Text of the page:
Improving your body shape
Whilst fat loss tends to be the main exercise goal for much of the general population, for people with HIV, there's historically been more focus on gaining and maintaining weight than losing it.
Muscle wasting was a significant problem for people living with HIV before the HAART era and maintaining protein reserves and some body fat is useful at times of illness, when appetite and energy may be low.
Nowadays with a newer and better formulation of ARVs, lipodystrophy, causing the fat loss in certain areas and at the same time increasing the levels of fats in the blood has become much rarer. However if you have been affected there are some things you can do in order to prevent lipodystrophy.
Apart from changing medications from the older D-drugs (d4T, ddI) to stop things getting any worse, exercise is the only intervention that has been shown to reverse the progress of lipodystrophy in relation to general body shape. However this does not apply to facial wasting, which needs to be treated with Newfill injections.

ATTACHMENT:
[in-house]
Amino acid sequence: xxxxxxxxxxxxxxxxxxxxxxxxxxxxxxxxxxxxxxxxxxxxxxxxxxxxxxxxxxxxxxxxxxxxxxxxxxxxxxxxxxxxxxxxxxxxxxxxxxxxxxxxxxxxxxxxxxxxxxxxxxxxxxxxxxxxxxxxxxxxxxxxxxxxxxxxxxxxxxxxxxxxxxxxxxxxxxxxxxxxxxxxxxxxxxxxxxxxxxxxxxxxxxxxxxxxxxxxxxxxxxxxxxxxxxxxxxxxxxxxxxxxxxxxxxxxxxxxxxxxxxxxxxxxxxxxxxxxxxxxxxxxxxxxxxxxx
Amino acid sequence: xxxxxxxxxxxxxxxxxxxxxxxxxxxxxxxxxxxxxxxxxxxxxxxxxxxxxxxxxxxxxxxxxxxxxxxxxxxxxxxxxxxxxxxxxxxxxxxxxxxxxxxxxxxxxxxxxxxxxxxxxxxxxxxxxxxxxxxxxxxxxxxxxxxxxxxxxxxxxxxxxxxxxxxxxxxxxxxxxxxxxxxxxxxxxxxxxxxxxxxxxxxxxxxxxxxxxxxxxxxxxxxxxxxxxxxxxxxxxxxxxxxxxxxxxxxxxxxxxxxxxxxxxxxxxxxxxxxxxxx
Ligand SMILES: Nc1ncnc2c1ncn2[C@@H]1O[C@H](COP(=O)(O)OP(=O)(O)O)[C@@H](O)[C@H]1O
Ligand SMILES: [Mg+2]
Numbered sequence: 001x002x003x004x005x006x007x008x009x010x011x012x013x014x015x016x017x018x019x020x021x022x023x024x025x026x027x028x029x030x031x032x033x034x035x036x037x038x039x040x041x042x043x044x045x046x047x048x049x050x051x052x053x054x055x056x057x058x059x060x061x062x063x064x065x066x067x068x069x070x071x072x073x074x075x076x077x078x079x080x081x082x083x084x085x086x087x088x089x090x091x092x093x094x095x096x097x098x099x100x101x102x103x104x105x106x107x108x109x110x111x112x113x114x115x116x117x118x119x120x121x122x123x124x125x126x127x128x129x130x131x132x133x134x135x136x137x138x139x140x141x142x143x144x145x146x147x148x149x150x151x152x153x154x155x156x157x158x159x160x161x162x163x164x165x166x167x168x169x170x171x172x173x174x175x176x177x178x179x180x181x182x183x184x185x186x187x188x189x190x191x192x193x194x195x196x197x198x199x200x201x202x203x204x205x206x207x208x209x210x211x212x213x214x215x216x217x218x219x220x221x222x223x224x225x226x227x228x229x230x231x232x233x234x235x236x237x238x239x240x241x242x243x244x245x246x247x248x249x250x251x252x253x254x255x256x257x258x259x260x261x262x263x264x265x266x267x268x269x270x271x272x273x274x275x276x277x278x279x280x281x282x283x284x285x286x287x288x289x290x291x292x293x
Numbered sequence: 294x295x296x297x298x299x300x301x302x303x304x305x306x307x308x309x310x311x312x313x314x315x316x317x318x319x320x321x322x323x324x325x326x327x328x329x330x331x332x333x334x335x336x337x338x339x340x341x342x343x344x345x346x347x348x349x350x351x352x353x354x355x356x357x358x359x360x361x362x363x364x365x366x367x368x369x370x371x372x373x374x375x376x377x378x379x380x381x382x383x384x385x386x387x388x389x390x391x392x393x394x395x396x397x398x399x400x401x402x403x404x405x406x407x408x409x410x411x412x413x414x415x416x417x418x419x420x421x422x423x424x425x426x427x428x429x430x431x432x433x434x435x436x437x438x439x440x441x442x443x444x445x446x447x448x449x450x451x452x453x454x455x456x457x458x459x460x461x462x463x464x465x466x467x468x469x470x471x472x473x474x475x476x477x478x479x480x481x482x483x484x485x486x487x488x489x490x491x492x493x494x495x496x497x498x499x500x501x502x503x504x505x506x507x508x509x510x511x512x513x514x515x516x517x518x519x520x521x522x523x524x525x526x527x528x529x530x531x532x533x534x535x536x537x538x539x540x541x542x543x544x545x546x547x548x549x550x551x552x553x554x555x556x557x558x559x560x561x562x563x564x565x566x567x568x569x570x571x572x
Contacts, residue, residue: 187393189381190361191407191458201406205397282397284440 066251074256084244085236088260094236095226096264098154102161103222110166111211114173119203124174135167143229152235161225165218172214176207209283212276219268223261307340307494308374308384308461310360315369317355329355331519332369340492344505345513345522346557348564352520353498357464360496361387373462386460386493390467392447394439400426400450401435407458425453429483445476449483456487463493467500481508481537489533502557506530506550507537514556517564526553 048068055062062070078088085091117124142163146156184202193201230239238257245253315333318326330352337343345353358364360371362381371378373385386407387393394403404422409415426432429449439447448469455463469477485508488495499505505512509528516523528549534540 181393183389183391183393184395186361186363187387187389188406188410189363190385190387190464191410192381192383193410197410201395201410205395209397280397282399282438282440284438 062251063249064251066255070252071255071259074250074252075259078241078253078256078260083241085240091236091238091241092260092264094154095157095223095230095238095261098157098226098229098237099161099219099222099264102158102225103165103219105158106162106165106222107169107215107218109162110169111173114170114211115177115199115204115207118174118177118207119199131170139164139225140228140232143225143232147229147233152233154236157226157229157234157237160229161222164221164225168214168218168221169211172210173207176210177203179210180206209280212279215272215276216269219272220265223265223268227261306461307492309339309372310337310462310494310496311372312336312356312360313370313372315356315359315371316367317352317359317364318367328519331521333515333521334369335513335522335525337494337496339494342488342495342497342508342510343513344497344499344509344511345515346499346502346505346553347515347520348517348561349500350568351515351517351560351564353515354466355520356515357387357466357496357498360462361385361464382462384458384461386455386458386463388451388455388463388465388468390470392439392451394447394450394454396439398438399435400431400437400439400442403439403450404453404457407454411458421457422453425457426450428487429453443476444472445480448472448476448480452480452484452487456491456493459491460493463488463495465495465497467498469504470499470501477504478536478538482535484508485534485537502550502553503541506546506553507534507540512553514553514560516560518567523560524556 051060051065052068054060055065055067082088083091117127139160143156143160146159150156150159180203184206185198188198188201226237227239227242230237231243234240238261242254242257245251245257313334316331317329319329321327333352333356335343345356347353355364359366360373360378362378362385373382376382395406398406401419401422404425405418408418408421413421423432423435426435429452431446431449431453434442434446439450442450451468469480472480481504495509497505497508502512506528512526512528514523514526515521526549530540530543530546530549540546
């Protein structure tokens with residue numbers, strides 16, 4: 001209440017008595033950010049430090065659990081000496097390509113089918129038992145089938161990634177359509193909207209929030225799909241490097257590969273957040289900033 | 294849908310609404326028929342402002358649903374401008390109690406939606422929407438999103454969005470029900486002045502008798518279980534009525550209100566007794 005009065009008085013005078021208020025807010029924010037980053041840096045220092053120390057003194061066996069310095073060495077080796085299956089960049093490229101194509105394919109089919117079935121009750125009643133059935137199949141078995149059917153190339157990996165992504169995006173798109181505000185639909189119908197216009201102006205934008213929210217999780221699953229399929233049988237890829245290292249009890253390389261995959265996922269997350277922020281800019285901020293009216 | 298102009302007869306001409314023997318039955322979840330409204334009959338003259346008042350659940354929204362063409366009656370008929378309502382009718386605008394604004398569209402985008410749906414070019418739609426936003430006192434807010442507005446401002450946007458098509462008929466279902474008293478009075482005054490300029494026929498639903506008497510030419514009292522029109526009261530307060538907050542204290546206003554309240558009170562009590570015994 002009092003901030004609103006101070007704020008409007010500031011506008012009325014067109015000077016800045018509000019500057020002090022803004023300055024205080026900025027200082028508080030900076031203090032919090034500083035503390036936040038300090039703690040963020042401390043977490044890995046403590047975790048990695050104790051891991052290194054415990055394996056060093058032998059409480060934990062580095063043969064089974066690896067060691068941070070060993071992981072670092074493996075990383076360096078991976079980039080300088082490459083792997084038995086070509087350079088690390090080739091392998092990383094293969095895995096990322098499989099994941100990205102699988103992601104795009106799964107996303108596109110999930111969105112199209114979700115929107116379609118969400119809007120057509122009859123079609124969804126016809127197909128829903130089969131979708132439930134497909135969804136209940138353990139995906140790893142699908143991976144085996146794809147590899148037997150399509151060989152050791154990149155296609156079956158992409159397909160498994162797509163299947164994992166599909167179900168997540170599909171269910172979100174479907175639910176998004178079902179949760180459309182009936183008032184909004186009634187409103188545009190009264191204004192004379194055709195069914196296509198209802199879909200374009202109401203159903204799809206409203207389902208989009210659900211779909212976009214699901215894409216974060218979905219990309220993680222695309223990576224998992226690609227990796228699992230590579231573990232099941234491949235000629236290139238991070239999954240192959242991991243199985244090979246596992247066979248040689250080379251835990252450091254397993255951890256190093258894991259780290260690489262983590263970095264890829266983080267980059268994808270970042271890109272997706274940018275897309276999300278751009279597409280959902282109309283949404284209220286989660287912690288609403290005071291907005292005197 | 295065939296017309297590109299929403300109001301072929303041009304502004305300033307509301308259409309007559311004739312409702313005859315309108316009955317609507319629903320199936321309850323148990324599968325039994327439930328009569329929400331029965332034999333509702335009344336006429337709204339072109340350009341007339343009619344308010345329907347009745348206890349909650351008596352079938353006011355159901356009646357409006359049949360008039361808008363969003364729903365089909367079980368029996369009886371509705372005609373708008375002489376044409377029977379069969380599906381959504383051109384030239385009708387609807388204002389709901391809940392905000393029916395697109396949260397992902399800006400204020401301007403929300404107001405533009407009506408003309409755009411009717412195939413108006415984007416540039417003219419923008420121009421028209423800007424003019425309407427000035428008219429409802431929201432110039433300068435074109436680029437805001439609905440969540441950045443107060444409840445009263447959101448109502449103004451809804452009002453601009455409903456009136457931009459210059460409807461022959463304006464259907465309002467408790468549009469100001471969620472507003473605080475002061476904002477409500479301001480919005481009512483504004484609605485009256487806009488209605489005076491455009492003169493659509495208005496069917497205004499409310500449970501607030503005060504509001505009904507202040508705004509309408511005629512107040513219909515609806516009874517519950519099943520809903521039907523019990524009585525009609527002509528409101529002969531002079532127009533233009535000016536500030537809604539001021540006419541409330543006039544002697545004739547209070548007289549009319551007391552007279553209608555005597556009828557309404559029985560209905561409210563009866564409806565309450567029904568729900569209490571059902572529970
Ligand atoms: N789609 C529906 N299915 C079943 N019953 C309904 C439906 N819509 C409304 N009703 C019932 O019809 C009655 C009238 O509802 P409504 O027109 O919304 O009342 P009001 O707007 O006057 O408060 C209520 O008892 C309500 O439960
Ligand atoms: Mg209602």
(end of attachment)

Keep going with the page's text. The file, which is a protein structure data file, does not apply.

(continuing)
The combinations of cardiovascular exercise and resistance (weight) training have been proven to be the only things reducing the appearance of the fat around the stomach area in men. Whilst it may not be possible to get rid of all the fat that has accumulated, reducing some of the fat and building muscle in the areas where it has been lost (arms, legs, buttocks) can reduce the severity of the condition and improve your body proportions and appearance.
As exercise is an extremely effective way of reducing bad blood fats and increasing the good fats, not only will it combat the outward signs of lipodystrophy, but it will also improve the inner fat issues, which are the greater health concern. Doctors often prescribe drugs to reduce cholesterol and triglyceride levels, and whilst these are effective, they can have their own side effects and are yet more pills to take. Exercise on the other hand will do the same job and provide you with a health investment for the future in terms of cardiovascular risk factors, improved appetite, sleep, bone density, mood and self-esteem.